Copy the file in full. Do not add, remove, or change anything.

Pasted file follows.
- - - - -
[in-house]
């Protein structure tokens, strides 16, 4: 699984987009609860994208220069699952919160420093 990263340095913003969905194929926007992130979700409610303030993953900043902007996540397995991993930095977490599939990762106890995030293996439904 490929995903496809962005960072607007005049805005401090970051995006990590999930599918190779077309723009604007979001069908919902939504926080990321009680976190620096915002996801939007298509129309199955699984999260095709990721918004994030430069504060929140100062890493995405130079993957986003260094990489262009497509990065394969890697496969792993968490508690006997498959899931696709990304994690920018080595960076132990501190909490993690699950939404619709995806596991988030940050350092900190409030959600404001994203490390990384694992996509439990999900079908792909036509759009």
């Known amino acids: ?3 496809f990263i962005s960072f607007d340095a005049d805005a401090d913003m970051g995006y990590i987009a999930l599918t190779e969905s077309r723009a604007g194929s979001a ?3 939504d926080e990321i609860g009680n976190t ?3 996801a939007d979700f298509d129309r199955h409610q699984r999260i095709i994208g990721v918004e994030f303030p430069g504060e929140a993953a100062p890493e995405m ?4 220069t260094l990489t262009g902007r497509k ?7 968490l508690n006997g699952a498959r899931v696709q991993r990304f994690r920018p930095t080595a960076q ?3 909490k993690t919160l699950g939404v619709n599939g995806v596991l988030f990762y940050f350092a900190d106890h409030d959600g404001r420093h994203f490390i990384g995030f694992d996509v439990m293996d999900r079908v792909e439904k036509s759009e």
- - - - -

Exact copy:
[in-house]
């Protein structure tokens, strides 16, 4: 699984987009609860994208220069699952919160420093 990263340095913003969905194929926007992130979700409610303030993953900043902007996540397995991993930095977490599939990762106890995030293996439904 490929995903496809962005960072607007005049805005401090970051995006990590999930599918190779077309723009604007979001069908919902939504926080990321009680976190620096915002996801939007298509129309199955699984999260095709990721918004994030430069504060929140100062890493995405130079993957986003260094990489262009497509990065394969890697496969792993968490508690006997498959899931696709990304994690920018080595960076132990501190909490993690699950939404619709995806596991988030940050350092900190409030959600404001994203490390990384694992996509439990999900079908792909036509759009």
């Known amino acids: ?3 496809f990263i962005s960072f607007d340095a005049d805005a401090d913003m970051g995006y990590i987009a999930l599918t190779e969905s077309r723009a604007g194929s979001a ?3 939504d926080e990321i609860g009680n976190t ?3 996801a939007d979700f298509d129309r199955h409610q699984r999260i095709i994208g990721v918004e994030f303030p430069g504060e929140a993953a100062p890493e995405m ?4 220069t260094l990489t262009g902007r497509k ?7 968490l508690n006997g699952a498959r899931v696709q991993r990304f994690r920018p930095t080595a960076q ?3 909490k993690t919160l699950g939404v619709n599939g995806v596991l988030f990762y940050f350092a900190d106890h409030d959600g404001r420093h994203f490390i990384g995030f694992d996509v439990m293996d999900r079908v792909e439904k036509s759009e």